Aims: Systemic concentrations of adhesion molecules and chemokines are associated with increased risk of cardiovascular complications. We compared these factors between patients with Type 2 diabetes vs. Type 1 diabetes or latent autoimmune diabetes in adults.
Methods: Serum concentrations of adhesion molecules sE-selectin, sICAM-1 and sVCAM-1, and chemokines CCL2, CCL3 and CCL4 were measured in 61 patients with latent autoimmune diabetes in adults, 90 with Type 1 diabetes, 465 with Type 2 diabetes and in 41 control subjects, using multiple regression models to adjust for possible confounders.
Results: Patients with Type 2 diabetes exhibited greater concentrations of adhesion molecules (P < 0.02) than those with Type 1 diabetes, latent autoimmune diabetes in adults and control subjects. These differences persisted upon adjustments for age, sex, BMI, blood pressure and diabetes duration (P < 0.04). Higher BMI positively correlated with concentrations of adhesion molecules in all subjects (P < 0.0001). Concentrations of sE-selectin positively related to diastolic (β = 0.31) and systolic (β = 0.28) blood pressure in the adjusted model (P < 0.04). Concentrations of the chemokines, CCL2 and CCL4, did not differ between groups, while CCL3 was higher in patients with latent autoimmune diabetes in adults and Type 1 diabetes than in those with Type 2 diabetes and control subjects (P < 0.05).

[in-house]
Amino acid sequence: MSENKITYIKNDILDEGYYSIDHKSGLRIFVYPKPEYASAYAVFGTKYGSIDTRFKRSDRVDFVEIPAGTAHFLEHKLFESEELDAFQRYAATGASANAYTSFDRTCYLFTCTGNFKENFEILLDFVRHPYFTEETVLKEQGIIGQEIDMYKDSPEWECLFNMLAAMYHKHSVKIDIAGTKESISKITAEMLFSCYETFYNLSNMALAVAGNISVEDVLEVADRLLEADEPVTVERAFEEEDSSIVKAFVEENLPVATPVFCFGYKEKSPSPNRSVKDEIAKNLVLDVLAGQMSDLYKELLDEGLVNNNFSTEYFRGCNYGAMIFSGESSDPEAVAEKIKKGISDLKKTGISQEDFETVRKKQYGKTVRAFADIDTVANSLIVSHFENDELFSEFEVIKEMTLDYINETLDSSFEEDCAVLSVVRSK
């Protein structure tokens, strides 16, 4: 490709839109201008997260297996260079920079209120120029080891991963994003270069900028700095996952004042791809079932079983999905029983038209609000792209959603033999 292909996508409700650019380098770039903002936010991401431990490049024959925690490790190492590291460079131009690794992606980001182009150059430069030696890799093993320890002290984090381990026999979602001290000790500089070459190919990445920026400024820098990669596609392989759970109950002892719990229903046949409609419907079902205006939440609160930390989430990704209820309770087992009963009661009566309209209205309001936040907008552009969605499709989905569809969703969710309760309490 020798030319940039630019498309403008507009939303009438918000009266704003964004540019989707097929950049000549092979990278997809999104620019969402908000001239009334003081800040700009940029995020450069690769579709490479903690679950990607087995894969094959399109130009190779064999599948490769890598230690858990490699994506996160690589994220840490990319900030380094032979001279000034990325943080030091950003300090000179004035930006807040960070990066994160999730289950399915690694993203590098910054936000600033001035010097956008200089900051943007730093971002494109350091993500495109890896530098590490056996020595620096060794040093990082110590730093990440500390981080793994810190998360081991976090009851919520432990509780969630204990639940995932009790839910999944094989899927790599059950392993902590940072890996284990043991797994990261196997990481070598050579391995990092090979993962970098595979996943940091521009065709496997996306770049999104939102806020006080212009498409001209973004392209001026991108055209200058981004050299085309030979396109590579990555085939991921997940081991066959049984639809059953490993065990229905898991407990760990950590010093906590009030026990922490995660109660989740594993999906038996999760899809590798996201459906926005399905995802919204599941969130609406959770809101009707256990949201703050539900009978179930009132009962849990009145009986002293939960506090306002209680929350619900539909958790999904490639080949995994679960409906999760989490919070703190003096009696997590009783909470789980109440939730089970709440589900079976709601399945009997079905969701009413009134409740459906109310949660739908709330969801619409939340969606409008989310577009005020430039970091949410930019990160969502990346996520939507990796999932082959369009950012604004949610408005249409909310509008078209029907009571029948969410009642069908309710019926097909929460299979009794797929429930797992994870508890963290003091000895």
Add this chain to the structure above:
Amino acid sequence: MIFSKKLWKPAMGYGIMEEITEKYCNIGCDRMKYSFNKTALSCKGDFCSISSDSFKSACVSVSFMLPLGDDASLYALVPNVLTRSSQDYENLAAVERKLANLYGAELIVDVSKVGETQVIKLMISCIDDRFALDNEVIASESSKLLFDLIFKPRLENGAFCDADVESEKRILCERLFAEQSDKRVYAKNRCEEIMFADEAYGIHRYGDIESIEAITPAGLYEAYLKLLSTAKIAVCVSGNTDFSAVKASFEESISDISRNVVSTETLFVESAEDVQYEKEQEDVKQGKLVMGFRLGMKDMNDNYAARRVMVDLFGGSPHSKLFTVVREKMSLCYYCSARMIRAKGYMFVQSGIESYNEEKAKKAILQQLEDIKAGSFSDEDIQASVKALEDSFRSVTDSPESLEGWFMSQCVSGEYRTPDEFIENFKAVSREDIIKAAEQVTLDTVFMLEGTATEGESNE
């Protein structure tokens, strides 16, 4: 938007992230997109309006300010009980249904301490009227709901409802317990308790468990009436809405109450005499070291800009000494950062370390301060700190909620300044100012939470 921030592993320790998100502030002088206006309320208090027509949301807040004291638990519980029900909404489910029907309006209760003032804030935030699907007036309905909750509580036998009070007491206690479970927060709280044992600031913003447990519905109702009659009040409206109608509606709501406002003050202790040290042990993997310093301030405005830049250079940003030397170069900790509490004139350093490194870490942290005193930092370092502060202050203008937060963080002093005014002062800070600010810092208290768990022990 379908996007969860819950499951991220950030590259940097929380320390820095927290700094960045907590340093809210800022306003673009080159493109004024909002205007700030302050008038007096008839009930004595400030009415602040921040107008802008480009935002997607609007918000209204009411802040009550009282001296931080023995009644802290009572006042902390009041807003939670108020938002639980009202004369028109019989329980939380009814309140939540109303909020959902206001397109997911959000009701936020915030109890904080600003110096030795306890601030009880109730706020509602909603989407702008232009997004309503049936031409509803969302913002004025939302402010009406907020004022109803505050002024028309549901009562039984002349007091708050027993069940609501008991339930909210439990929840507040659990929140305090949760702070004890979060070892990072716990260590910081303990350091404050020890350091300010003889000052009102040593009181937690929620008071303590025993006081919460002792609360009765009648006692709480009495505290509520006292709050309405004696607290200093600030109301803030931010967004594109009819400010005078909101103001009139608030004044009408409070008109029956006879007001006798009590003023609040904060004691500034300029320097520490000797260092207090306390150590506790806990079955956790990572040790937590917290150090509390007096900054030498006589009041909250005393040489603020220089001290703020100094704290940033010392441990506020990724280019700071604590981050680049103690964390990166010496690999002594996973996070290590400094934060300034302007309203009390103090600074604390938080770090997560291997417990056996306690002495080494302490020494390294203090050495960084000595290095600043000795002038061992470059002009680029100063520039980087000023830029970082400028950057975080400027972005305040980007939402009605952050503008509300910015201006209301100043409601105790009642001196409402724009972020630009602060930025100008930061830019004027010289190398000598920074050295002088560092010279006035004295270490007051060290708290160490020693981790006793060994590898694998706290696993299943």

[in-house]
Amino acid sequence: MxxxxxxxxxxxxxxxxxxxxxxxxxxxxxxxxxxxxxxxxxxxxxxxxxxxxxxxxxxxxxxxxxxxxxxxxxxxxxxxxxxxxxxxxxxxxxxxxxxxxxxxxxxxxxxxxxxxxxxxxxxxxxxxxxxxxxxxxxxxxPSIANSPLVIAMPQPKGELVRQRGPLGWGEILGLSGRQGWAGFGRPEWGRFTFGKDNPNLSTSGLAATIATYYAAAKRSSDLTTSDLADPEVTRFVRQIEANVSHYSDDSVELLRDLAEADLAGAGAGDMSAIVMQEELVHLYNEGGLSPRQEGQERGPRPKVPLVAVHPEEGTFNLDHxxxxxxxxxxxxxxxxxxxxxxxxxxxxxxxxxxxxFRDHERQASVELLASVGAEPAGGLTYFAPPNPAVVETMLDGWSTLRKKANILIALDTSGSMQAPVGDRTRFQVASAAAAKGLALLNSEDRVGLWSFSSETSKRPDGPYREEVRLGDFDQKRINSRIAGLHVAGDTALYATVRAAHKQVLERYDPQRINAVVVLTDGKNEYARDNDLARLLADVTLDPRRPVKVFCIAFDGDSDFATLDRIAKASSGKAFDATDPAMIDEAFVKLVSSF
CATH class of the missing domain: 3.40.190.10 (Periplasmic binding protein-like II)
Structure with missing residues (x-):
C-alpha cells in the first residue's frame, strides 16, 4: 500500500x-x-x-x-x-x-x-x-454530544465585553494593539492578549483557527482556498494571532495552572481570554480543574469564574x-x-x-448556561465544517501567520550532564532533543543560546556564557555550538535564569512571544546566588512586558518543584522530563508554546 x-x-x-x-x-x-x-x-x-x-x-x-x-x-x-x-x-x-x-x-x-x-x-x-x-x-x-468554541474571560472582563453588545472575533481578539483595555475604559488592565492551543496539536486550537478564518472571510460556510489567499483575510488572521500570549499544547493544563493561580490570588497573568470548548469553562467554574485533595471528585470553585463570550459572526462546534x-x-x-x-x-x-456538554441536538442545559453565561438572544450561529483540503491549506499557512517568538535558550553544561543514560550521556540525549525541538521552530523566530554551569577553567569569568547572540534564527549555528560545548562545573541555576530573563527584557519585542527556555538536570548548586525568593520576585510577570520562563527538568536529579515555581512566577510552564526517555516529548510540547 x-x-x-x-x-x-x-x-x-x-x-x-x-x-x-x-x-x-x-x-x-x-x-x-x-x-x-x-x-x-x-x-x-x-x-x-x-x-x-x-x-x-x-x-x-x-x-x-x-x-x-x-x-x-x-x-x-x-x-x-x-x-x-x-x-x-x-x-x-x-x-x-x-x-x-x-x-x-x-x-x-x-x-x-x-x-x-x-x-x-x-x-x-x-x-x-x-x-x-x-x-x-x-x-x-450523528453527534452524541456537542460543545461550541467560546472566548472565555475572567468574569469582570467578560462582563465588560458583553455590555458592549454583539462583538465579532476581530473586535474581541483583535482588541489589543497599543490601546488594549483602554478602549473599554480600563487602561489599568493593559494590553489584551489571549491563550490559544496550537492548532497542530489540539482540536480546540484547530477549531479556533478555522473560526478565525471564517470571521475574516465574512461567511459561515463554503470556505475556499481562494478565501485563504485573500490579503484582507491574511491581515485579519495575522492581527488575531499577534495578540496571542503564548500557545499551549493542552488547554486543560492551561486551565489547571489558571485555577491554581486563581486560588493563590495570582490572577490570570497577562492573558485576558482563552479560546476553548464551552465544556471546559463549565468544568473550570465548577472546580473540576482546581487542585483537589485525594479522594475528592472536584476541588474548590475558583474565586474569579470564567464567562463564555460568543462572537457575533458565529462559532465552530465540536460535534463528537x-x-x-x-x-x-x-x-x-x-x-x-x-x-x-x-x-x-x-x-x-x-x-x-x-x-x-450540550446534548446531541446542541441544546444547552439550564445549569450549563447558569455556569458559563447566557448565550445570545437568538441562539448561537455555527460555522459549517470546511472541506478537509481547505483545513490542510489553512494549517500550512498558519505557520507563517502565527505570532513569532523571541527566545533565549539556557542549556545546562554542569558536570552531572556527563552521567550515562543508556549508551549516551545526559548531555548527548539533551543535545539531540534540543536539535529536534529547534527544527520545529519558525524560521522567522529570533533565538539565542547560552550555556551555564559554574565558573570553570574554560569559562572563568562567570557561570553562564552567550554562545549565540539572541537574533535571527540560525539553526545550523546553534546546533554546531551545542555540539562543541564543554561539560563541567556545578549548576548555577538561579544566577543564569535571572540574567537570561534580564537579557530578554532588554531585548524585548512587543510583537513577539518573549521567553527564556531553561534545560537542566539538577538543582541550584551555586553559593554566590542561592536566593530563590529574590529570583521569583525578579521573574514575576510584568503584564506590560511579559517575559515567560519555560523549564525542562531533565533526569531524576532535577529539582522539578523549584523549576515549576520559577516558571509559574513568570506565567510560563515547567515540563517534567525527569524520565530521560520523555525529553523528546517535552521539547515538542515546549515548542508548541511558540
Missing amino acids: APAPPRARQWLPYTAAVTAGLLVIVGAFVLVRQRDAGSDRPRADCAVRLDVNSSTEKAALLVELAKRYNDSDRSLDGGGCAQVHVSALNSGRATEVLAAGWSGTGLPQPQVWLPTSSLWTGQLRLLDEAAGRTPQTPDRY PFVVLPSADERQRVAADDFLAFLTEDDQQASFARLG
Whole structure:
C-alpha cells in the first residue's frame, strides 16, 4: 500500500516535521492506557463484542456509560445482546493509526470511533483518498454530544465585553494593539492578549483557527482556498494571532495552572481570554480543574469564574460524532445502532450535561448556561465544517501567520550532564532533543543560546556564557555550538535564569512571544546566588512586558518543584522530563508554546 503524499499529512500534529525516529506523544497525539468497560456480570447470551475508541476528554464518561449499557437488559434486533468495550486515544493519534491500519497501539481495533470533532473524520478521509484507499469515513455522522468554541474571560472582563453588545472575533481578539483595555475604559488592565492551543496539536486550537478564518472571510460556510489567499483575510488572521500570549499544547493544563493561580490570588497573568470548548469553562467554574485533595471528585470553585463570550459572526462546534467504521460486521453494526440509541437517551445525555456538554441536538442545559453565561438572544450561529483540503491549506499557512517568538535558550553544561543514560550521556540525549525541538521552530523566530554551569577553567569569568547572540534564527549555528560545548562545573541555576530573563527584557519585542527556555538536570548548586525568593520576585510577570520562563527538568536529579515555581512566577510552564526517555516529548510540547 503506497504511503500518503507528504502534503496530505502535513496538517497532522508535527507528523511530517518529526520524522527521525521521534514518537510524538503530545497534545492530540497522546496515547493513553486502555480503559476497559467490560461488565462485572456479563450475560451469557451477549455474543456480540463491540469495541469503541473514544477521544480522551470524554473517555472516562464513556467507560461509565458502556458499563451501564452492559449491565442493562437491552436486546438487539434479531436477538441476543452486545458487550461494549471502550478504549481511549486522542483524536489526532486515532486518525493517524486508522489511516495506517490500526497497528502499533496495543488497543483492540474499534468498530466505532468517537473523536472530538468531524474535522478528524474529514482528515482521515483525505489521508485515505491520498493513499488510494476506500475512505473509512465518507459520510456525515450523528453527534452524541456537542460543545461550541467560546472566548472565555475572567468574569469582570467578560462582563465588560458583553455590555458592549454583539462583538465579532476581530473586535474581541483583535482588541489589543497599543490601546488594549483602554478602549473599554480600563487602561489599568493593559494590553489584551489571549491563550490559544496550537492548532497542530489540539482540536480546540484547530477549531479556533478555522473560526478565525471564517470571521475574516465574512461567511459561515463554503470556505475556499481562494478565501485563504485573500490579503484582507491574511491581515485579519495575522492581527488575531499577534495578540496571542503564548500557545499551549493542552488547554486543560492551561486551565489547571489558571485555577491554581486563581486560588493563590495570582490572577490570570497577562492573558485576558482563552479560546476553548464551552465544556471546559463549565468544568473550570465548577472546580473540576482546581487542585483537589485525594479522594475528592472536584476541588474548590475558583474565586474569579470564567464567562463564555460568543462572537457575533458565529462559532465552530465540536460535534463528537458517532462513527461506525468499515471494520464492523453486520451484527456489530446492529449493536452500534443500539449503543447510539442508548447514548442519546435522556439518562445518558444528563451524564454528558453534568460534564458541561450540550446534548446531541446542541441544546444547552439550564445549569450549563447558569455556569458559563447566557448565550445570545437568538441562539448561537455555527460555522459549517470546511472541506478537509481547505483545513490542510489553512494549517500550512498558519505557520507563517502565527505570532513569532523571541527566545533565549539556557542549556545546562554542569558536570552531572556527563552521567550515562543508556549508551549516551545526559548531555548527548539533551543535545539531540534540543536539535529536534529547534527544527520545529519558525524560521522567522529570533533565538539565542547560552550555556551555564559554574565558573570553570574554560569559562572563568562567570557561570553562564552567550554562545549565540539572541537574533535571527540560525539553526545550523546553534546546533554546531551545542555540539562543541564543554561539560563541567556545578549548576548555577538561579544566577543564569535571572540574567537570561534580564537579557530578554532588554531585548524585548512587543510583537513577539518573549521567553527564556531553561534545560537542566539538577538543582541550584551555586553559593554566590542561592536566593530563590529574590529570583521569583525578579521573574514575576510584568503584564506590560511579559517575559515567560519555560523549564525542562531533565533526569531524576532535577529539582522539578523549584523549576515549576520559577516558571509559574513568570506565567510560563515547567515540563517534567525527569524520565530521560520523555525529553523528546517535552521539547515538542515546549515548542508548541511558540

Conclusions: Systemic concentrations of adhesion molecules, but not chemokines, relate to cardiovascular risk factors, but remain higher after adjustments in Type 2 diabetes, suggesting a diabetes-type specific effect without difference between latent autoimmune diabetes in adults and Type 1 diabetes, despite their dissimilar phenotype.
© 2011 The Authors. Diabetic Medicine © 2011 Diabetes UK.